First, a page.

Recently, my soon to be ex-husband suggested we continue to live together for the sake of our daughter. This way she would have his influence daily. Is this allowed?
He says he could not be intimate with me if we were married. I am a Social Worker and I know of situations where that has been changed and relationships prospered. Is it possible for affection to be rekindled in a relationship?
There is no one to help community members having relationship problems. What can I do to become more prepared to supply family services to the Muslim community? I do not want anyone else to feel as alone as I did after searching this state for help but not getting any.
The well being of a child is indeed a very positive reason to live together and thereby provide the child a more congenial and complete family environment. However, what I do not understand is that if, for the sake of their child, a man and a woman can resolve to live together even after such grave mutual differences, which have led them to resort to divorce, then for the very sake of the well being that child, why can the divorce not be avoided.
Living to together, after divorce, is like living under the same roof without marriage. Though such ‘living’ per se cannot be termed as prohibited, however it can so easily result in something, which is clearly prohibited in Islam. Being lonely for a time can so easily air strong desires within us. Under these circumstances, even a slight opportunity of fulfillment of these desires may weaken our physical and emotional defense and lead us to do something, which the Shari`ah (Islamic law) has not allowed us to do.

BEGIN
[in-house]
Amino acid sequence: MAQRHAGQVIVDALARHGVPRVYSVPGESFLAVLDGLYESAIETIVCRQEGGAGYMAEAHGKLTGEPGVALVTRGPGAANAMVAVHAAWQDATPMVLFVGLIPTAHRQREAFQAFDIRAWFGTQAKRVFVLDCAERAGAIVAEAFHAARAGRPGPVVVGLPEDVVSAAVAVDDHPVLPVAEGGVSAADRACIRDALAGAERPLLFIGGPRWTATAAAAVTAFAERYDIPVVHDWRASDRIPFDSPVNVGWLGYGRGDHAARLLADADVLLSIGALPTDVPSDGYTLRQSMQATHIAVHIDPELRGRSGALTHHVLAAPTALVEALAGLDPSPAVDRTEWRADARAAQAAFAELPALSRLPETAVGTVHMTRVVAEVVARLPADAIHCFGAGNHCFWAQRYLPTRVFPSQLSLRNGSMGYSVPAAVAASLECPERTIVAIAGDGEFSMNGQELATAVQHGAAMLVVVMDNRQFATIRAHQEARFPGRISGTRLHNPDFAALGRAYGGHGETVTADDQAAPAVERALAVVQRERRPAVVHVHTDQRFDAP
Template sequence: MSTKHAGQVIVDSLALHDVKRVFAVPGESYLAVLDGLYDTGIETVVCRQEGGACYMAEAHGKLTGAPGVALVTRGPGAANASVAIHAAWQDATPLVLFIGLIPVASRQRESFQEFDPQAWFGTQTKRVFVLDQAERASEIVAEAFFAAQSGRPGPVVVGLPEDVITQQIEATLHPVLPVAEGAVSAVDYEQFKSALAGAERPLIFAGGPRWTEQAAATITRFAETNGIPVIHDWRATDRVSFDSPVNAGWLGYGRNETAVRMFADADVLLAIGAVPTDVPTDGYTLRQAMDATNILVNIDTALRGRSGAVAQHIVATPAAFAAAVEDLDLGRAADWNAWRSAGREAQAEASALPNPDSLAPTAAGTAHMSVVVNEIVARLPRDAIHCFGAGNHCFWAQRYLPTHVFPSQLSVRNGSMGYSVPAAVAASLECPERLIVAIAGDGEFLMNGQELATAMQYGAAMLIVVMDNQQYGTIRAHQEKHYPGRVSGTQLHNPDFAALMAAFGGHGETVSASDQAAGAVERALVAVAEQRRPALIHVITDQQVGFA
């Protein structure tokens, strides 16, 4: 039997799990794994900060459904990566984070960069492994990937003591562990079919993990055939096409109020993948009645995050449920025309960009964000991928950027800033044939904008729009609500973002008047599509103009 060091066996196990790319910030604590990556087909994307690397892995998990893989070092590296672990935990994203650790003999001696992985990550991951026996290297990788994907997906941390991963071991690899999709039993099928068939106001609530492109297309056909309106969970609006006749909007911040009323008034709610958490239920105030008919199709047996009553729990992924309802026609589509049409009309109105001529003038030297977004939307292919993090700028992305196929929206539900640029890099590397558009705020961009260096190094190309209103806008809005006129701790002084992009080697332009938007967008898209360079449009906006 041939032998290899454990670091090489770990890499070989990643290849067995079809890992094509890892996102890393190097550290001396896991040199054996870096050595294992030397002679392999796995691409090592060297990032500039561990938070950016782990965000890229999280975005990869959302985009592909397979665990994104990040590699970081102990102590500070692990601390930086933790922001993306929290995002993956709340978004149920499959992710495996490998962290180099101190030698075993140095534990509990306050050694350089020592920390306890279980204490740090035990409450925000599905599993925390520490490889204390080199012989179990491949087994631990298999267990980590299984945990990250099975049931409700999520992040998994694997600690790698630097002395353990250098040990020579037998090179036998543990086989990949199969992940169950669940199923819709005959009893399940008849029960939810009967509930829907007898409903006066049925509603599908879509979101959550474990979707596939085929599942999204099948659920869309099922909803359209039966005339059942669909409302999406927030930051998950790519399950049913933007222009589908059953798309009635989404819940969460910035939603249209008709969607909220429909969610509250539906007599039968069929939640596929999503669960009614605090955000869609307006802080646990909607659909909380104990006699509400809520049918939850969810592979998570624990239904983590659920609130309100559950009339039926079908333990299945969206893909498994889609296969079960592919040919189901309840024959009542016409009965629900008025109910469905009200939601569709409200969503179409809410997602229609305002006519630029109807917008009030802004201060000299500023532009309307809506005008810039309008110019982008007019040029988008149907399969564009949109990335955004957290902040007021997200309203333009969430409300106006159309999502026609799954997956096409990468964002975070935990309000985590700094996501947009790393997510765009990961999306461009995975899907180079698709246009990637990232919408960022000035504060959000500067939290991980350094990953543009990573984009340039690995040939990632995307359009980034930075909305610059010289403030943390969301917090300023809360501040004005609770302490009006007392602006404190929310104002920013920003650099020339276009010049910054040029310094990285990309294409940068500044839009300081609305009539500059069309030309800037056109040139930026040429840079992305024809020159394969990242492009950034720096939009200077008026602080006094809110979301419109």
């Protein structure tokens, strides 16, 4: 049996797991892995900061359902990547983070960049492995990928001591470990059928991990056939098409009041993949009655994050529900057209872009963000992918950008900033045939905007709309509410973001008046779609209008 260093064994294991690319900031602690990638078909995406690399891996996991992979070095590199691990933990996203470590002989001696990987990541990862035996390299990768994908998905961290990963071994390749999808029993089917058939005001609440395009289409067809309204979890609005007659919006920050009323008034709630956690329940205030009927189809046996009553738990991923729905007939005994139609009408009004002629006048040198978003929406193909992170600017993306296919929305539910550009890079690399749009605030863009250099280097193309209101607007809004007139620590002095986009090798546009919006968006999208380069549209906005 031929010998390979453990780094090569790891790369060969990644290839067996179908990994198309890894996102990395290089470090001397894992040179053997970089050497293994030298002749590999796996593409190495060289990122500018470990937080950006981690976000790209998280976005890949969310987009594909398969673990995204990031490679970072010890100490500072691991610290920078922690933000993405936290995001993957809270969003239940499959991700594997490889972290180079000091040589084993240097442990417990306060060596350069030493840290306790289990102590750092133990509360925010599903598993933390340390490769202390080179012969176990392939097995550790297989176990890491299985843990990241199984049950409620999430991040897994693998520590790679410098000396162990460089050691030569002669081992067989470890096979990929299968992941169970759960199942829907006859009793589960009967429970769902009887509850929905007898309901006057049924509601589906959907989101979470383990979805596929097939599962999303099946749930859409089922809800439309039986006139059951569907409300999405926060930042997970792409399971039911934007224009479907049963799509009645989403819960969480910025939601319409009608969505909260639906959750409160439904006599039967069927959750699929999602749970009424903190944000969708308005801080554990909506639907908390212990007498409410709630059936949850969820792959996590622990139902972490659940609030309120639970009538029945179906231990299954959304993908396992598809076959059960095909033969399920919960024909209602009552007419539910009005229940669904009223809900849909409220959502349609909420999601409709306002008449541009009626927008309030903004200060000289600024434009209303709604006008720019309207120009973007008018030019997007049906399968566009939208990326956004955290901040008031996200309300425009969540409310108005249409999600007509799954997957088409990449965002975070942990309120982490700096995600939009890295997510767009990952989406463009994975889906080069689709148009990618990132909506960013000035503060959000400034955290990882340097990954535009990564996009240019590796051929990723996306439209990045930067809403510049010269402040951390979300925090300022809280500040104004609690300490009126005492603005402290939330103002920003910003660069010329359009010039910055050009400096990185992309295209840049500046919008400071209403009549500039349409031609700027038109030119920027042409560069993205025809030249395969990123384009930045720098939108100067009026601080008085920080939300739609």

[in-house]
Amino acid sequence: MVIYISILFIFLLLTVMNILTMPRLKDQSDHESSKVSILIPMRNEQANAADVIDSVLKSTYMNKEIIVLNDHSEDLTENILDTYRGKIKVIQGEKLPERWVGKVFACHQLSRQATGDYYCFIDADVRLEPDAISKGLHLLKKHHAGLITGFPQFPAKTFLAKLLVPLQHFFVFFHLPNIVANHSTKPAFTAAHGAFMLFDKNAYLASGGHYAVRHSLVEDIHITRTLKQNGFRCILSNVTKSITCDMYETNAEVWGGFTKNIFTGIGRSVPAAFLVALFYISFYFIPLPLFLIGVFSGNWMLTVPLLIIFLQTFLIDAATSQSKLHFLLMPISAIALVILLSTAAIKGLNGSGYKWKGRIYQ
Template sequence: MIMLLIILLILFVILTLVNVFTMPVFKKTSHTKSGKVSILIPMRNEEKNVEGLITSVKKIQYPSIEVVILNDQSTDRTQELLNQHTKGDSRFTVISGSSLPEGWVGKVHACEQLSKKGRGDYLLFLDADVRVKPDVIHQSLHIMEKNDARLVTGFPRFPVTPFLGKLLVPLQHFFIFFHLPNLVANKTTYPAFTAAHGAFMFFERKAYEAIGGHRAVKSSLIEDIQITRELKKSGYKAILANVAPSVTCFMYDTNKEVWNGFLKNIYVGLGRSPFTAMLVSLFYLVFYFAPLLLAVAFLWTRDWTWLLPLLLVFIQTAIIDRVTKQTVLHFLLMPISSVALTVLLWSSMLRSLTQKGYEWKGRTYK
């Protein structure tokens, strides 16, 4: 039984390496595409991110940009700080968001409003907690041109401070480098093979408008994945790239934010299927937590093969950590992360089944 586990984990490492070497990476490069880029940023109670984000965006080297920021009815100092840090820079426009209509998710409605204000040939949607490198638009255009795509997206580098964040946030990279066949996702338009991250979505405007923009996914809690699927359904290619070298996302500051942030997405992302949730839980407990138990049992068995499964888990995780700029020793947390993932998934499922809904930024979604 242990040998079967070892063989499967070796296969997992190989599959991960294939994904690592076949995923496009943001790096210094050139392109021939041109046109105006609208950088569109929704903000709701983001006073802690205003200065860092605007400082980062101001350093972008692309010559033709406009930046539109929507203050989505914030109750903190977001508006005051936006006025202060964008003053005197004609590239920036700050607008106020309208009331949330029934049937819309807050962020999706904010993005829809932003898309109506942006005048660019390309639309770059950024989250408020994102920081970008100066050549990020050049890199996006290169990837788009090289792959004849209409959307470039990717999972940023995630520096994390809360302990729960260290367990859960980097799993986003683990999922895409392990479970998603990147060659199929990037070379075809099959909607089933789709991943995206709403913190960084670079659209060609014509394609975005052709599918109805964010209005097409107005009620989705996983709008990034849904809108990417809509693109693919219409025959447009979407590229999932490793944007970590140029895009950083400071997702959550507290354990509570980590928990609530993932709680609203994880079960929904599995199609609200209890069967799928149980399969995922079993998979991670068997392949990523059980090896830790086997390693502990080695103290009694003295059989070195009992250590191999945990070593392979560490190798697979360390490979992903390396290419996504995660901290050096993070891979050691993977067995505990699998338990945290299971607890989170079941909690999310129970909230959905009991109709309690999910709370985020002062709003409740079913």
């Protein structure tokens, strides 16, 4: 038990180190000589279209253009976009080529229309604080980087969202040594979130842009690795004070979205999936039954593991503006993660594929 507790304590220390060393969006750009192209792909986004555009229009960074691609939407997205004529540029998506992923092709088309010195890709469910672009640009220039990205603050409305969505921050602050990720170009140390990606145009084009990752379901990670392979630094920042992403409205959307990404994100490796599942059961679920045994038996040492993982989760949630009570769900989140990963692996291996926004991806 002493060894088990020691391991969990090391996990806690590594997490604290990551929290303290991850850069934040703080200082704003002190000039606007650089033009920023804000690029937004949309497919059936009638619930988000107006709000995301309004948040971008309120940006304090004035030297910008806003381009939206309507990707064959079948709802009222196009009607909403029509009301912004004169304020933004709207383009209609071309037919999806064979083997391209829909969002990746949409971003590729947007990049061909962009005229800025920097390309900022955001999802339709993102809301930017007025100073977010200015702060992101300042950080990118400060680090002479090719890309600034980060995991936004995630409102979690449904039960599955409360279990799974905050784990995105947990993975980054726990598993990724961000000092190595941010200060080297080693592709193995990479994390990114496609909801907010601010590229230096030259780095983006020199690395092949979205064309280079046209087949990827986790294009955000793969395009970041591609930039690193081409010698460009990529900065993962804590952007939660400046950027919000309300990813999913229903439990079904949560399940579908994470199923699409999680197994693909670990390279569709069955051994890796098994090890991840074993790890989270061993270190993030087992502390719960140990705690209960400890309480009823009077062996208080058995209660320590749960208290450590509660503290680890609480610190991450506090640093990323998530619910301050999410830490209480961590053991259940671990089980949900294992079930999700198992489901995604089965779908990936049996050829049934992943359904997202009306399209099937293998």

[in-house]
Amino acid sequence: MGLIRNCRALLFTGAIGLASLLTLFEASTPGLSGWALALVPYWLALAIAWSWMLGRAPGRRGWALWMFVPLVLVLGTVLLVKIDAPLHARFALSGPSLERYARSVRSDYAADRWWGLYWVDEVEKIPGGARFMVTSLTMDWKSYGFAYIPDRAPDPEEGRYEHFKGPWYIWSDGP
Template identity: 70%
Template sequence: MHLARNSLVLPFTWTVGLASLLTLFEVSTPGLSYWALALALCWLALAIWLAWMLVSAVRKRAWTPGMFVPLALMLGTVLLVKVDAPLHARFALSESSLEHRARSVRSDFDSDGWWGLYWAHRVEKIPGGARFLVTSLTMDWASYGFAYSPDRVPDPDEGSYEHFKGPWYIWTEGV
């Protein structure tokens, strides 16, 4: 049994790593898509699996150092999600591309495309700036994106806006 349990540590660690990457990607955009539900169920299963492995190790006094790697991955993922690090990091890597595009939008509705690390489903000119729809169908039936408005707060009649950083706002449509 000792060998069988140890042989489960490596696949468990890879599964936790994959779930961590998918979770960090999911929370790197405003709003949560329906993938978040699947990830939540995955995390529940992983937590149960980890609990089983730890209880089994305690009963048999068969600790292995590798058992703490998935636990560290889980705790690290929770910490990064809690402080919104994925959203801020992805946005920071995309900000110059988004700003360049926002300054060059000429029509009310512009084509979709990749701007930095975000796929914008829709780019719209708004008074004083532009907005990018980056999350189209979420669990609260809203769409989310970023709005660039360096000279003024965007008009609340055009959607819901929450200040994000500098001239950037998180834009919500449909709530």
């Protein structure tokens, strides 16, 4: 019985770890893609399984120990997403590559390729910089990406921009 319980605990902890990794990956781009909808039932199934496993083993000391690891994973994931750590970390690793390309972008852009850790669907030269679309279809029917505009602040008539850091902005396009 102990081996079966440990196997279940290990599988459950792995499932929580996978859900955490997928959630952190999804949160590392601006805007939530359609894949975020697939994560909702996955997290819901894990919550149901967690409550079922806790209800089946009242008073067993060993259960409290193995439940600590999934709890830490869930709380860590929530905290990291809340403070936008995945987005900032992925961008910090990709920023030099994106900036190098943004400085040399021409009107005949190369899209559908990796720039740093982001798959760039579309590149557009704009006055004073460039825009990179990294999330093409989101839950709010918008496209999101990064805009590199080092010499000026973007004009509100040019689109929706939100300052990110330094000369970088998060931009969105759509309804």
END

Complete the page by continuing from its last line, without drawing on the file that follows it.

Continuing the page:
I would, therefore, suggest that if the man and the woman are willing to live together – even after divorce – only for the sake of their child, then they should seriously consider avoiding divorce – for the very sake of their child. They could resolve to have a distant relationship and not to interfere in each other’s affairs without breaking-up their formal legal relationship of marriage. This would not only provide the child with the required congenial complete family environment, but would also keep the doors open for the complete reunion of the man and the woman – which indeed is desirable in the Shari`ah.
In case you feel that the avoidance of divorce is not possible, then I would like to know what exactly is the reason for which divorce is being resorted to and how would that reason be fulfilled by living together after divorce?
You have asked: “Is it possible for affection to be rekindled in a relationship”. Though I am not expert in human/social psychology but I can still say that no one can reject the possibility of the rekindling of affection in a relationship. We – humans – are very complex beings. We can even develop great association with material things. The case of another responding (negatively as well as positively) human being is altogether different. However, because of this responding nature and the unpredictability of the responses, it is only possible – and not necessary that the affection be rekindled in a relationship. The feelings can as easily run the other way round.
Finally, you have asked: “What can I do to become more prepared to supply family services to the Muslim community”. This, unfortunately, is a field in which I cannot offer much advice. I have neither the experience for it, nor the necessary direct knowledge of your society (I live in Pakistan) and its norms. I can, therefore, only offer you my apologies for not being able to help you in this sphere.
15th January 2000